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Immune action at a distance

MIT and MGH researchers design a local, gel-based drug-delivery platform that may provoke a system-wide immune response to metastatic tumors.

For most metastatic cancer types, there are no reliably effective treatments. Therapies may slow the growth of tumors, but they will not eradicate them. Occasionally, however, treating a tumor in one location will cause untreated tumors elsewhere in the body to shrink or even regress completely — a dramatic but exceedingly rare phenomenon known as the abscopal effect.

Cancer researchers have sought methods to induce the abscopal effect by design. The abscopal effect is thought to arise when dead or damaged tumor cells release antigens that teach some types of immune cells to recognize and attack other and even distant cancer cells. Essentially, the treated tumor behaves like a personalized cancer vaccine that incites the immune system to attack metastasized tumors. The advent of cancer immunoadjuvants, which enhance and sustain the activity of tumor-targeting immune cells, has been a key to unlocking the abscopal effect, at least in the laboratory setting.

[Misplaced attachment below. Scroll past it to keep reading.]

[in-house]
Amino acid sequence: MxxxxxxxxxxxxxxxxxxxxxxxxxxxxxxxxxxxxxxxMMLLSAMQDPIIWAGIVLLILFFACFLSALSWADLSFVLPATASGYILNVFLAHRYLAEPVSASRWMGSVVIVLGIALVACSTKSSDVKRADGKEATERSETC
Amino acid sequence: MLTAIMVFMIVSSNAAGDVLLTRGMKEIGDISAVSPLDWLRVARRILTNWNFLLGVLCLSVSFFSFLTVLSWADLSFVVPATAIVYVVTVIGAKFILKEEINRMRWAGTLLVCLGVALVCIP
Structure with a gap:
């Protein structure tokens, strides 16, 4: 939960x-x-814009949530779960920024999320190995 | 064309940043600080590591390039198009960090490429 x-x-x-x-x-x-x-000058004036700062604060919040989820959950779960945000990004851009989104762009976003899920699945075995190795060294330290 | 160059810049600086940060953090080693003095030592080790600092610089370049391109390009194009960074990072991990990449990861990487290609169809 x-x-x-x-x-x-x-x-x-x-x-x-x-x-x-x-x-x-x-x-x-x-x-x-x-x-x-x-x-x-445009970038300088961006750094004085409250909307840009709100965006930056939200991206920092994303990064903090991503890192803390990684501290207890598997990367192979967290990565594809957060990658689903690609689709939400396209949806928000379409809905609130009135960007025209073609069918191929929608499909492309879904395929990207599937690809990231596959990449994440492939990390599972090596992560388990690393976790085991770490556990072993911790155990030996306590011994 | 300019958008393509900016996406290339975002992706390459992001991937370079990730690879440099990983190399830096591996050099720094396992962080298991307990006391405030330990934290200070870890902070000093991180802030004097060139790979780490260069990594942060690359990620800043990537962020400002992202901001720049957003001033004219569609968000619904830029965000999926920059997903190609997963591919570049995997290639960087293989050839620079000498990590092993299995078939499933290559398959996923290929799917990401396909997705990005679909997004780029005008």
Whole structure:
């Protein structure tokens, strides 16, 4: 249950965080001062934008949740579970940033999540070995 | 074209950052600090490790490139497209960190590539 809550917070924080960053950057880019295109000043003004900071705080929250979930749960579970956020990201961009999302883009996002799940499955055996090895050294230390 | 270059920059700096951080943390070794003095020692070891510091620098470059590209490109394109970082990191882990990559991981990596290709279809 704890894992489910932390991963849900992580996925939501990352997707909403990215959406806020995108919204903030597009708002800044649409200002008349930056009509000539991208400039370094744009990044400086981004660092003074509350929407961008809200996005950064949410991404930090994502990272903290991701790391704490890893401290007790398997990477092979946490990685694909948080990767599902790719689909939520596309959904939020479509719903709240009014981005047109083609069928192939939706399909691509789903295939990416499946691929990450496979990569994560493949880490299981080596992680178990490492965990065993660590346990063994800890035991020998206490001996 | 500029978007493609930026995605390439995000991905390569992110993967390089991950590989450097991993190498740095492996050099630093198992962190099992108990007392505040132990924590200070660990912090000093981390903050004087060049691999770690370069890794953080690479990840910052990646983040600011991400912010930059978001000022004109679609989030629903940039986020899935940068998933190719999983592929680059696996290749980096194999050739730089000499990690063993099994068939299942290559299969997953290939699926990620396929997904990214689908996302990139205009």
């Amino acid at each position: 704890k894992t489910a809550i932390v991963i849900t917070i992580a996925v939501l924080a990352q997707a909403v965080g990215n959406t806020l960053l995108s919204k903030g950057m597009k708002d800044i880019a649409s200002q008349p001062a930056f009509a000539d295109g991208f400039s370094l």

In the clinic, success has proven more elusive. Since immunotherapies can lead to serious toxicities if administered through the bloodstream, they must be delivered directly to the tumor — often by injection. It is difficult for clinicians to target injections precisely to the tumor and impossible to confirm delivery. Once injected, immunostimulatory drugs quickly leak out of the tumor before they have had a chance to take full effect.

MIT researchers, together with colleagues from Mass General Brigham, have developed a polymer gel delivery system that could help translate the promise of the abscopal effect into the clinic. The gel, visible with a CT scanner or ultrasound, solidifies after injection, where it remains in the tumor to release drugs at a controlled rate.

In a study published in Advanced Healthcare Materials, the team delivered the immune-stimulating drug imiquimod in combination with checkpoint blockade therapy to dual-tumor mouse models of colon and breast cancer, which showed improved survival as well as tumor regression in both treated and untreated tumors.

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